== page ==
As his death occurred during the summer vacation of the courts, no opportunity occurred to offer in an official form a memorial tribute of respect until the 23d of November, 1835. On that day a meeting of the judges, members of the bar, and officers of the Circuit Court of the United States for the Eastern District of Virginia was held in the court-room in the city of Richmond. The Hon. Philip Pendleton Barbour presided, and a preamble and resolutions were proposed by Benjamin Watkins Leigh, Esq., and unanimously adopted.

The Supreme Court of the United States, at its session of January 12, 1836, observed the like customary and sad formalities. At the meeting Edmund I. Lee, Esq., was chairman, General Walter Jones was secretary, Henry Clay offered the resolutions, and Judge Story spoke concerning his associate, for whom he had felt an exceptional affection and admiration.

At a meeting of the social club at Buchanan’s Spring, when there was a motion to supply the vacancy occasioned by the death of Judge Marshall, Mr. B. Watkins Leigh proposed as appropriate that “there should be no attempt to fill it ever; but that the number of the club should remain one less than it was before his death.”

The death of the chief justice was also appropriately memorialized by numerous addresses and discourses before learned societies and public institutions. Among these, and possessing peculiar merit from their elegance and beauty, were Judge Story’s discourse on his life, character, and services, delivered at the request of the Suffolk bar in Massachusetts; Mr. Horace Binney’s eulogy, delivered at the request of the councils of Philadelphia; and the memoir by Mr. Joseph Hopkinson, pronounced before the American Philosophical Society, at Philadelphia.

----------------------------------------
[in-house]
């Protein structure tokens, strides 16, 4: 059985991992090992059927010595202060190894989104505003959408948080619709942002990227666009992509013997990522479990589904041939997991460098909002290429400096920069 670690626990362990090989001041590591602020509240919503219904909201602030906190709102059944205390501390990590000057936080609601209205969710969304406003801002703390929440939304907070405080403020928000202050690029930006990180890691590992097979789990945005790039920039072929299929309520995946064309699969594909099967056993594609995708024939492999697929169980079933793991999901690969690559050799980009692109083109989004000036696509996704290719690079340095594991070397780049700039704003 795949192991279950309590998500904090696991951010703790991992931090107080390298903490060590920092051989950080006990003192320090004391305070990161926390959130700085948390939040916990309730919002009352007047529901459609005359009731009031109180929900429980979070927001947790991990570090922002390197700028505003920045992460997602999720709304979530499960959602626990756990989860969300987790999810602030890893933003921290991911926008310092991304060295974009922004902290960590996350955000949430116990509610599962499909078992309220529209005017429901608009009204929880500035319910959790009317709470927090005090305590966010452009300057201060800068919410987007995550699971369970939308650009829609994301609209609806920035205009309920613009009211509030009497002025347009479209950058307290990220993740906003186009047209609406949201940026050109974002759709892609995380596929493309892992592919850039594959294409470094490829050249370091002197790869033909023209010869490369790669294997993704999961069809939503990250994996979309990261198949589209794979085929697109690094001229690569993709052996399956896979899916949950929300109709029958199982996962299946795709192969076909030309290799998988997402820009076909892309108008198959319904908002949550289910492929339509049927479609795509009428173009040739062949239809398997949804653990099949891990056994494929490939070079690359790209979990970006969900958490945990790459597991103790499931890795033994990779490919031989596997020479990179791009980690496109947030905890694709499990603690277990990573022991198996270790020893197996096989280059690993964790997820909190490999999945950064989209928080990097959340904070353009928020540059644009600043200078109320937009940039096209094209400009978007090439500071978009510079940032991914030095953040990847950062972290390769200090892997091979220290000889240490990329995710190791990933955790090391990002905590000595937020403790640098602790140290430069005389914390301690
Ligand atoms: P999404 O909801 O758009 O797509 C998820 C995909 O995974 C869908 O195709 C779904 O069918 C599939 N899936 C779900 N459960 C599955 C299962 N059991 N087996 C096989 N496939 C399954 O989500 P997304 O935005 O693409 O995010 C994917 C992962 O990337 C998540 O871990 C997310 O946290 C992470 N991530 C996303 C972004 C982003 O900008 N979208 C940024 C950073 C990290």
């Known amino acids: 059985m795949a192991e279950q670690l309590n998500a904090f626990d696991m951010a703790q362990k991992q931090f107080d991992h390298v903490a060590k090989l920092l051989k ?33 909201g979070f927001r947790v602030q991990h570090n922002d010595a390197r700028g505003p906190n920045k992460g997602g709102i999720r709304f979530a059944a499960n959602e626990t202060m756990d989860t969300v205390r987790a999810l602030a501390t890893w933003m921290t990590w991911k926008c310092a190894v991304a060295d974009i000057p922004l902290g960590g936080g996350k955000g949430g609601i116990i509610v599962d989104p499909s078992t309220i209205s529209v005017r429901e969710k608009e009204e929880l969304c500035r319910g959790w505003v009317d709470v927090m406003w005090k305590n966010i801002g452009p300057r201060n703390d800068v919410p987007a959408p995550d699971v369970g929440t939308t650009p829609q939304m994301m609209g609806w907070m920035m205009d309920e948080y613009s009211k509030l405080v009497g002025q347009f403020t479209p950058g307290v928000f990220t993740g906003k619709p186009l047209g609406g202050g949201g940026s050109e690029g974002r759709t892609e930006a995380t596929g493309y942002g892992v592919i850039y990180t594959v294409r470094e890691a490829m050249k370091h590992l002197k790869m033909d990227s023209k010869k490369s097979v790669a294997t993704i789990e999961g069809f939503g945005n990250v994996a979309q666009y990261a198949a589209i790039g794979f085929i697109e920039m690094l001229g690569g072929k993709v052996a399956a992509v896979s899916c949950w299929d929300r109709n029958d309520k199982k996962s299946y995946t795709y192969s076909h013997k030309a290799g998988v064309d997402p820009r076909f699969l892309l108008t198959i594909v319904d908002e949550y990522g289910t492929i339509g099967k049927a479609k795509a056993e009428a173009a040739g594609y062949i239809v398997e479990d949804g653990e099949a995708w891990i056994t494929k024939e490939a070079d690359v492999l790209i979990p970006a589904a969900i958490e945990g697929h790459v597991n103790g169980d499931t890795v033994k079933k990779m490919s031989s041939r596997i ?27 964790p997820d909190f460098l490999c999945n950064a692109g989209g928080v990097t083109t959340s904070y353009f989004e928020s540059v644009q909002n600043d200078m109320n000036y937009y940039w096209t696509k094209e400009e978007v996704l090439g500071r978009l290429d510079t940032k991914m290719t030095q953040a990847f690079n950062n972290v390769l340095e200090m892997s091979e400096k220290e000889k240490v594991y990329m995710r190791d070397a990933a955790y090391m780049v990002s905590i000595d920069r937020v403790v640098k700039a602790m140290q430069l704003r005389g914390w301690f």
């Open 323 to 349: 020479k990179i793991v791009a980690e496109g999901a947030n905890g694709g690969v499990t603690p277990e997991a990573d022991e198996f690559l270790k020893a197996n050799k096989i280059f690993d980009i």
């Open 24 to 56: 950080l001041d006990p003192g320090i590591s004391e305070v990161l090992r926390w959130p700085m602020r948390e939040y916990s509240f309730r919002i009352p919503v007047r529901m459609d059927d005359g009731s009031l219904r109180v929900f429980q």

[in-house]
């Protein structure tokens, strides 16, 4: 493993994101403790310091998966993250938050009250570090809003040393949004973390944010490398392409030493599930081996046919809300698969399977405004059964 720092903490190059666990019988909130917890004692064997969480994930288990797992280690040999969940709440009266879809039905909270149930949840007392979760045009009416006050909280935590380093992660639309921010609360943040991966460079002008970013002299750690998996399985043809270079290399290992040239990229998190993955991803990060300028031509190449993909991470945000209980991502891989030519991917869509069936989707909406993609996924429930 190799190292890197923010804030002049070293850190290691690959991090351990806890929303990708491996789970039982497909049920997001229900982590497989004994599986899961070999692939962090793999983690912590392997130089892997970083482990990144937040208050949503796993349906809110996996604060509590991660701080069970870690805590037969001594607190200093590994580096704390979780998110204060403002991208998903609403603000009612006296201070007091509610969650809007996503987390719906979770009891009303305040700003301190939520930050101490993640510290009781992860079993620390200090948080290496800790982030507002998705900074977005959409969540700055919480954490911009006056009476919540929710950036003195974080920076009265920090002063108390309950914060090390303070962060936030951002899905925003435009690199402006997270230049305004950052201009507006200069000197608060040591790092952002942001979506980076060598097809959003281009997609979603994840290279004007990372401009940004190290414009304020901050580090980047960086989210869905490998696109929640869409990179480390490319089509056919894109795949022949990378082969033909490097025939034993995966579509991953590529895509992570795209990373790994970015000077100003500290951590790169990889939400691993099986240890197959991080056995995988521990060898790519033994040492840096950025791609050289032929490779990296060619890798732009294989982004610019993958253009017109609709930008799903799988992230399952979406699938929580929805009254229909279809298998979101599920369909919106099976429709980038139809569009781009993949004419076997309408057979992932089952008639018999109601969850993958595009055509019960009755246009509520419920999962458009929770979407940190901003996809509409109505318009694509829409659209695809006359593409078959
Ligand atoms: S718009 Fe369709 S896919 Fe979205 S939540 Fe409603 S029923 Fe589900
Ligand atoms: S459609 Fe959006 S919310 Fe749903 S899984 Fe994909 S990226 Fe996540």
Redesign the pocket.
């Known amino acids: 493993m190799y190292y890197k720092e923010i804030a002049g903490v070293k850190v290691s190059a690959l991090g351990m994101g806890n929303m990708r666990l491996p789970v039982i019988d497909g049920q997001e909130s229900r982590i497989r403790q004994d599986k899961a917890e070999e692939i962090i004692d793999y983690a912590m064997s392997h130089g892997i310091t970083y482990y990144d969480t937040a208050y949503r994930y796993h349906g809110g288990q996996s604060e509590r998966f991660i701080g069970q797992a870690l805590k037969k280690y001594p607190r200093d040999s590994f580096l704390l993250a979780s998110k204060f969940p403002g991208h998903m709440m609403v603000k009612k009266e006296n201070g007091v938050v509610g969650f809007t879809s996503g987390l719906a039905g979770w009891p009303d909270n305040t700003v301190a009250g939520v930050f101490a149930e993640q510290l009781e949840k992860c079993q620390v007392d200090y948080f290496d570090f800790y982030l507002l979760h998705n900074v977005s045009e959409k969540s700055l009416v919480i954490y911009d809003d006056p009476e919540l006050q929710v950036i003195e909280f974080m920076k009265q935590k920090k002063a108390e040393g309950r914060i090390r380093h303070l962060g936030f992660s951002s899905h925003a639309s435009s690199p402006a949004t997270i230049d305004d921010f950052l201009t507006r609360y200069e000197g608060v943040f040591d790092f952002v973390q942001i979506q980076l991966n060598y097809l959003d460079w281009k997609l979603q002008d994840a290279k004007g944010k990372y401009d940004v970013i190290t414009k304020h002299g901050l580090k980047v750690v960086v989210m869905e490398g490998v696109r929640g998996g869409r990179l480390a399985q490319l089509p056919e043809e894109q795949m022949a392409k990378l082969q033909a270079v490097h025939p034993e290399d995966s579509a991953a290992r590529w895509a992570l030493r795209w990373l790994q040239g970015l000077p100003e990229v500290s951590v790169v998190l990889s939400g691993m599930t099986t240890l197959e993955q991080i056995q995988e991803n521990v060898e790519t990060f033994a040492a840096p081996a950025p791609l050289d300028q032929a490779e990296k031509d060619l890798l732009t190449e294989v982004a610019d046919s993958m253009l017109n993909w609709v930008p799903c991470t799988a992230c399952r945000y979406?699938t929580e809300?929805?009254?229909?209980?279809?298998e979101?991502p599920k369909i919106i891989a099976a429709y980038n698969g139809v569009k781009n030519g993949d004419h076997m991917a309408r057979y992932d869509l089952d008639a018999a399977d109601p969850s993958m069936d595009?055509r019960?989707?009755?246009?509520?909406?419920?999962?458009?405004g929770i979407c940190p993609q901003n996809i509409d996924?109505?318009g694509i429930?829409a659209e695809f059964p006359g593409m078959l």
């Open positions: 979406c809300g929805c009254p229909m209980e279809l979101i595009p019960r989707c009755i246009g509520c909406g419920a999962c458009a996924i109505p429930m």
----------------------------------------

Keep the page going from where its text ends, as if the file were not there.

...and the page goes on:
Half a century has elapsed since the death of Chief Justice Marshall, but there is no token of any waning of the respect and affection entertained for his memory by the American people. Almost as we write these lines, the most recent manifestation of the grateful remembrance of his countrymen is shown in the unveiling, at the national capital, of Story’s statue of the great chief justice, amid the sincere display of popular enthusiasm.

The Commonwealth of Virginia, desirous of perpetuating in some enduring form the memory of her sons, who, under the providence of God, were instrumental with their compatriots in achieving and consolidating the liberties of our country in the great Revolutionary struggle of 1776, took steps some years ago to erect on her Capitol Square in Richmond a colossal group of statuary in bronze, surmounted by an equestrian statue of Washington, exhibiting separately, on a circle of pedestals, the statues of Jefferson, Henry, Marshall, Nelson, Lewis, and Mason. This design was happily executed in part by Thomas Crawford, the American sculptor, and completed by Randolph Rogers of New York.

  1. Randolph’s Memoir of Dr. Physic, p. 101. Return to text.